Despite his public show of reticence, Khamenei and political leaders such as Rafsanjani, who backed his ascension, immediately undertook to buttress Khamenei’s public image and sell him to the skeptical population and senior clerical elites once elected. Although his religious scholarship was lacking, Khamenei possessed excellent skills as a micromanager and an individual who understood the levers of power in the complex Iranian political system. Over the years, Khamenei has ensured that the heads of all the major institutions in the country – the Assembly of Experts, the Judiciary, the Guardian Council, and the IRGC, to name a few – are either handpicked or unfailingly loyal to him, and as a result, these institutions serve to enhance rather than check Khamenei’s power. The cultivation of patronage networks has been vital to his survival and accrual of power within Iran, and he has forged symbiotic relationships with two main power centers, the clerical bureaucracy and the senior leadership of the IRGC, which have served as the fount of his longevity. Additionally, he has been willing to use intimidation and outright repression when needed to advance his power and to put down threats to his political survival and that of the revolutionary regime.
Because the proposed amended constitution, which had eliminated the requirement that the vali-e faqih be a recognized marja, had not yet been ratified when Khomeini passed, Khamenei’s appointment as Supreme Leader lacked proper legal standing. Rafsanjani and other regime officials worked around this by instilling a measure of fear and declaring that disobedience to the new faqih would be seen as counterrevolutionary and would not be tolerated. To sell Khamenei as legitimate and cultivate support would require a methodical process of building up and consistently reinforcing the mythos around Khamenei. Because he was unremarkable in his own right, that mythos was centered on his ties to Khomeini, which were frequently embellished, and his ability to best carry forth Khomeini’s vision for the Islamic Republic.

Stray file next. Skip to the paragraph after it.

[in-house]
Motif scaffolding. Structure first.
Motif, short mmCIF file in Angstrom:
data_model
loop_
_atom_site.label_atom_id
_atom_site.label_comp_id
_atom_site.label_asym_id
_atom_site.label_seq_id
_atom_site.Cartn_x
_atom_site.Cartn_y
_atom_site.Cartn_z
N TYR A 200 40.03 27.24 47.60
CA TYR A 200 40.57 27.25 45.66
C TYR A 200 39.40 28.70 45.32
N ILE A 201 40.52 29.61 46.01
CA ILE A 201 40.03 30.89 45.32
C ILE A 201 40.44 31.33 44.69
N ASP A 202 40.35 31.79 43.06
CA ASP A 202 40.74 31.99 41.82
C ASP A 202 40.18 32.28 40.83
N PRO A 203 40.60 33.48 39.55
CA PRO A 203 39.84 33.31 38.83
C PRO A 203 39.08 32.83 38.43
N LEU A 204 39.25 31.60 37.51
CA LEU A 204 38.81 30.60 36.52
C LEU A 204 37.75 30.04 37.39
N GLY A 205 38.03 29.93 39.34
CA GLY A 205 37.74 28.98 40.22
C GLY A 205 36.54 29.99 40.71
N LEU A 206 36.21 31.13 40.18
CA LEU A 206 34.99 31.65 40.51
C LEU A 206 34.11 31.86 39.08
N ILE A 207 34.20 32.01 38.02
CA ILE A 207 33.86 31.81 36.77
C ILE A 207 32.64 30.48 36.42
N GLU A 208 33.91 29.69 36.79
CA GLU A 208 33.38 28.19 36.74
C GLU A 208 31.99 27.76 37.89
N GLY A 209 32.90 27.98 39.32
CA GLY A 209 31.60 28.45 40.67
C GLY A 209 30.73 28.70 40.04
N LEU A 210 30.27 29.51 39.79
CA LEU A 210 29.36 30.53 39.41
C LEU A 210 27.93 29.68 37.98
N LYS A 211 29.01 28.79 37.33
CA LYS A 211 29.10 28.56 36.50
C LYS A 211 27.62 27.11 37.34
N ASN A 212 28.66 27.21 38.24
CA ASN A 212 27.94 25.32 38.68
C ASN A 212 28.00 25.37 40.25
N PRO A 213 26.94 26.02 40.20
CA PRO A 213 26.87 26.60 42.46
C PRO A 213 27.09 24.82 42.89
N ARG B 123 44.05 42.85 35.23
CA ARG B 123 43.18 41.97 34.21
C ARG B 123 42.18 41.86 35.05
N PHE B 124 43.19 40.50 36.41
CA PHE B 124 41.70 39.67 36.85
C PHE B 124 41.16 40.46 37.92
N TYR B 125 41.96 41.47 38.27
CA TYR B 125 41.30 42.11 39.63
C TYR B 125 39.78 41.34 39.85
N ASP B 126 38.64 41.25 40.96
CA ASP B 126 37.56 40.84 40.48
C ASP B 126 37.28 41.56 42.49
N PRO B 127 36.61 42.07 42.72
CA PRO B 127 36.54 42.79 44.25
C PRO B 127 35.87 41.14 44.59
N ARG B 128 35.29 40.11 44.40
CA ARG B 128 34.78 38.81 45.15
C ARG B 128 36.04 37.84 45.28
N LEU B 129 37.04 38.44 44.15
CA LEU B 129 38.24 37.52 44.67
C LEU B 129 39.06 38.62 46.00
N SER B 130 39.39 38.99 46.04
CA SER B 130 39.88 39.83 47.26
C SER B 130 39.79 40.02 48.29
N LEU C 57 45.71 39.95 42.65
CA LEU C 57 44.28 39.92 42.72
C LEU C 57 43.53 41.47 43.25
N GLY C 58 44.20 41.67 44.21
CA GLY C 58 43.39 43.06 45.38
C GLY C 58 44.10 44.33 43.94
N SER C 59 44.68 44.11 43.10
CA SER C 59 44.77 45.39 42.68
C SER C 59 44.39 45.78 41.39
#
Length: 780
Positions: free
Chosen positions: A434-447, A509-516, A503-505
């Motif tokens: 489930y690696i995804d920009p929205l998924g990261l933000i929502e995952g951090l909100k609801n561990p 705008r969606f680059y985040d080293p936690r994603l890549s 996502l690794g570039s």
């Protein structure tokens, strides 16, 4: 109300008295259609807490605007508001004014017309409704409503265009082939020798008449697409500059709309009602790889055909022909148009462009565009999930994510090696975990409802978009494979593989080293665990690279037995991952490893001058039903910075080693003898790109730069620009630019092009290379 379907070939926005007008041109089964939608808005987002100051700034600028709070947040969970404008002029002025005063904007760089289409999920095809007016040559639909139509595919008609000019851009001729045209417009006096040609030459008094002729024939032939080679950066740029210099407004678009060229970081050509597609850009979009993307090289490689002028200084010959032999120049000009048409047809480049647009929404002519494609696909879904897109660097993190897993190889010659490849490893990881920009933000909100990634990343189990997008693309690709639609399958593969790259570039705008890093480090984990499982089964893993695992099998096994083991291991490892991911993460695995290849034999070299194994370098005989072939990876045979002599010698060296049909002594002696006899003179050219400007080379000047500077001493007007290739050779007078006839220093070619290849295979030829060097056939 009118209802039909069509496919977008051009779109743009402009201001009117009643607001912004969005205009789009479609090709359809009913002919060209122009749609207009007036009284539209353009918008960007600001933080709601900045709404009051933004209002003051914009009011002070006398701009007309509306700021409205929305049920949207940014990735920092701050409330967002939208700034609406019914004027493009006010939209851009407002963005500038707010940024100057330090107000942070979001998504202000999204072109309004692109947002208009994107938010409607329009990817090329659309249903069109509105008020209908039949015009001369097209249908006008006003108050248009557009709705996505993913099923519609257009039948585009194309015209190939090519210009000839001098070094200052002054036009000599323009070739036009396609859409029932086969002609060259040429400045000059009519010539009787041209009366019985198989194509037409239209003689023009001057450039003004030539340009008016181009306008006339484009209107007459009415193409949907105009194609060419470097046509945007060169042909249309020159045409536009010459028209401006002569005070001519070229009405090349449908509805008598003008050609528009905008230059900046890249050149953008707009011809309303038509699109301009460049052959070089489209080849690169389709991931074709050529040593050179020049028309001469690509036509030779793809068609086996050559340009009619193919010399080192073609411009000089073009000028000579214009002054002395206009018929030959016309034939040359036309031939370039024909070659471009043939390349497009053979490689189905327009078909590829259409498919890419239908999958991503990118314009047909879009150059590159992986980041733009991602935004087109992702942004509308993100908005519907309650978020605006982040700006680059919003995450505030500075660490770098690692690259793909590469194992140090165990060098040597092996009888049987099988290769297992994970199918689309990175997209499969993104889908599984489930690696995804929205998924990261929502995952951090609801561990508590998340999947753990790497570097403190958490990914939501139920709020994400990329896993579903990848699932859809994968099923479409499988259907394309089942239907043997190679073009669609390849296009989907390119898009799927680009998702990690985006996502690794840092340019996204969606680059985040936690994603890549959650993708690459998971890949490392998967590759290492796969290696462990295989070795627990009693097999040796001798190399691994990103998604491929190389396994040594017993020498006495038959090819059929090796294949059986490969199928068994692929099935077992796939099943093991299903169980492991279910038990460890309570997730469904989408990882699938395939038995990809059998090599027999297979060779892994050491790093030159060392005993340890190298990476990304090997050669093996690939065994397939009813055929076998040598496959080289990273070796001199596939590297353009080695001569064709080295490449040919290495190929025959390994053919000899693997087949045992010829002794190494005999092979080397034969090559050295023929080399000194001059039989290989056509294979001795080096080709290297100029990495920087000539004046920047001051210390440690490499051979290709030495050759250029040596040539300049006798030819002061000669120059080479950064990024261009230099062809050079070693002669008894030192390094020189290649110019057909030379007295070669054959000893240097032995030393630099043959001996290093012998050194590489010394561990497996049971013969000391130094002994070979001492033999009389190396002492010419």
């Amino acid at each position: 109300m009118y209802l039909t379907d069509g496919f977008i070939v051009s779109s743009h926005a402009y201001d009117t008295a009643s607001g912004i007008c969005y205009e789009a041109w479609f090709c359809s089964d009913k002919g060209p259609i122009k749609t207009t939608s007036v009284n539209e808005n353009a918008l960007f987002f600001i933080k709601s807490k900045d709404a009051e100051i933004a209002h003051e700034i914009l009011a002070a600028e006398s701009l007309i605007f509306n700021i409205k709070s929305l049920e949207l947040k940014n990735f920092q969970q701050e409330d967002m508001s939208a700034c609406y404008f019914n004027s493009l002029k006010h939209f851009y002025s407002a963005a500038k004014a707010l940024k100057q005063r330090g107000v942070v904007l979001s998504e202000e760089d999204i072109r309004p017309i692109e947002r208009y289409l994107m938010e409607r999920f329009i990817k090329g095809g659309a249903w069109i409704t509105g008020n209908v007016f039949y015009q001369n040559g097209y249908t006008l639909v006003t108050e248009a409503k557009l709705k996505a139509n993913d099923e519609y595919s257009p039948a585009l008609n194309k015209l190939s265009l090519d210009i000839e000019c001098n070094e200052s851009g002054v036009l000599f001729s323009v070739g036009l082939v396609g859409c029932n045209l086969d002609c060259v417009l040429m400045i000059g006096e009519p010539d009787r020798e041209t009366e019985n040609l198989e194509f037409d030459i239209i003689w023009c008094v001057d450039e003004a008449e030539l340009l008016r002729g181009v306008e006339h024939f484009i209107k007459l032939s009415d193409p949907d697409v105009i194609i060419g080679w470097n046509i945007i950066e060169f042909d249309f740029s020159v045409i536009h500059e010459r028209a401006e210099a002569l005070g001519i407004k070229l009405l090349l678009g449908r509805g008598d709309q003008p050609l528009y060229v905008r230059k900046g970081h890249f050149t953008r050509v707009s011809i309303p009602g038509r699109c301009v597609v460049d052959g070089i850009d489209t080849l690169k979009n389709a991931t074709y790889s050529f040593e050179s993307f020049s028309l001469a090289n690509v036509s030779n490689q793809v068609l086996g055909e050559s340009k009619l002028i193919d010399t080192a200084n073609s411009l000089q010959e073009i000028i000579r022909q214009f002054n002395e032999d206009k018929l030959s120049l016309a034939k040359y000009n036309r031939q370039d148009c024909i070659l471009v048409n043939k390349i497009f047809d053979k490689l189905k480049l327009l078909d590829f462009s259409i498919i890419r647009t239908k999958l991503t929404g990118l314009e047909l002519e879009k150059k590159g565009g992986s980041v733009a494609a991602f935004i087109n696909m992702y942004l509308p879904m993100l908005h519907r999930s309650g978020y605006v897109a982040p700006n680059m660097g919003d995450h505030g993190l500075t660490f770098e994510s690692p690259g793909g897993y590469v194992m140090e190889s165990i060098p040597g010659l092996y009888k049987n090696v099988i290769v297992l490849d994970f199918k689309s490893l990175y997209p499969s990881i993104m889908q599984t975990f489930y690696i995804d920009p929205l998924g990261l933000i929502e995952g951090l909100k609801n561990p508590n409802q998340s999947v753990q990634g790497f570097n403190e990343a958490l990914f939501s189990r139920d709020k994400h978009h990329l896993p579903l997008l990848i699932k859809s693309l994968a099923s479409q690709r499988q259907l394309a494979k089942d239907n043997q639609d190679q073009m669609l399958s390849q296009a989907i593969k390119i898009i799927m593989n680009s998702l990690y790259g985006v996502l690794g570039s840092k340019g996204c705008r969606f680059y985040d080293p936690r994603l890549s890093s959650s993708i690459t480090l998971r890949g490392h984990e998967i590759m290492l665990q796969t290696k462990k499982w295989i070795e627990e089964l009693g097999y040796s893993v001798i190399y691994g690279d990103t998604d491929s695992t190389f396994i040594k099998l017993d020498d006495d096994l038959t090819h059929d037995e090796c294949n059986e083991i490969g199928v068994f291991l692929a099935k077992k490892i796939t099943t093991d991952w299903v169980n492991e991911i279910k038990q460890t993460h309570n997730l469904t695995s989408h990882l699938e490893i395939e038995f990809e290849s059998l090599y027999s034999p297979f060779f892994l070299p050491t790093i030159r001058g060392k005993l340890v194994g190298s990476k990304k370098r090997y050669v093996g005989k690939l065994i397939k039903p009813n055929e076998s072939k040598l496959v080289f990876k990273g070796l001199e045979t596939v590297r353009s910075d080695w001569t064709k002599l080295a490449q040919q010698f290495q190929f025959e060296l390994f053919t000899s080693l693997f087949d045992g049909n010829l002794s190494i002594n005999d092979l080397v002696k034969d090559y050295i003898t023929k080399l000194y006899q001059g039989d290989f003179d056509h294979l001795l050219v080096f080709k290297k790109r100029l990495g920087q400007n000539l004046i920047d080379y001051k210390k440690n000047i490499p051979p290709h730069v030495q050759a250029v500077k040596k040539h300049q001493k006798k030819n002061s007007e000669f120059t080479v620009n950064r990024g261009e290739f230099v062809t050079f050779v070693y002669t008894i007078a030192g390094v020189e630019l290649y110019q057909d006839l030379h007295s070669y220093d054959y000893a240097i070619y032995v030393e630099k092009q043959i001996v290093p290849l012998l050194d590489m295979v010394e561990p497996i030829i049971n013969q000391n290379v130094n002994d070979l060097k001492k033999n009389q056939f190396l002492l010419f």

Khamenei’s political allies portrayed him as worthy of carrying on Khomeini’s legacy by virtue of being Khomeini’s favored choice for Supreme Leader, whether that was the case or not. Khomeini’s son, Ahmad, was enlisted in the effort to legitimize Khamenei, announcing on June 6, “When Khamenei was traveling to North Korea, the Imam watched the reports of his trip on the television. He was impressed witnessing the welcome of the Korean people, his speeches and interviews. Then Imam said, ‘Surely he is worthy of leadership.’” Ayatollah Meshkini, the head of the Assembly of Experts, declared that Khamenei was the right person for the job based on his close connection to Khomeini, the important roles he had played during the Revolution and as president during the Iran-Iraq War, and his expertise on the “contemporary problems facing the Muslim world,” essentially conceding that his political acumen rather than his religious scholarship factored crucially into his designation as velayat-e faqih.
Khamenei’s political acumen and understanding of the levers of power within the Islamic Republic’s labyrinthine system have enabled him to amass unprecedented power in Iran. Selected partly because of his perceived weakness, Khamenei lacked the broad-based popular support and activist networks from which Khomeini derived much of his power. From the outset of his term, Khamenei built his independent support bases, eventually giving him pervasive control over every institution in the country.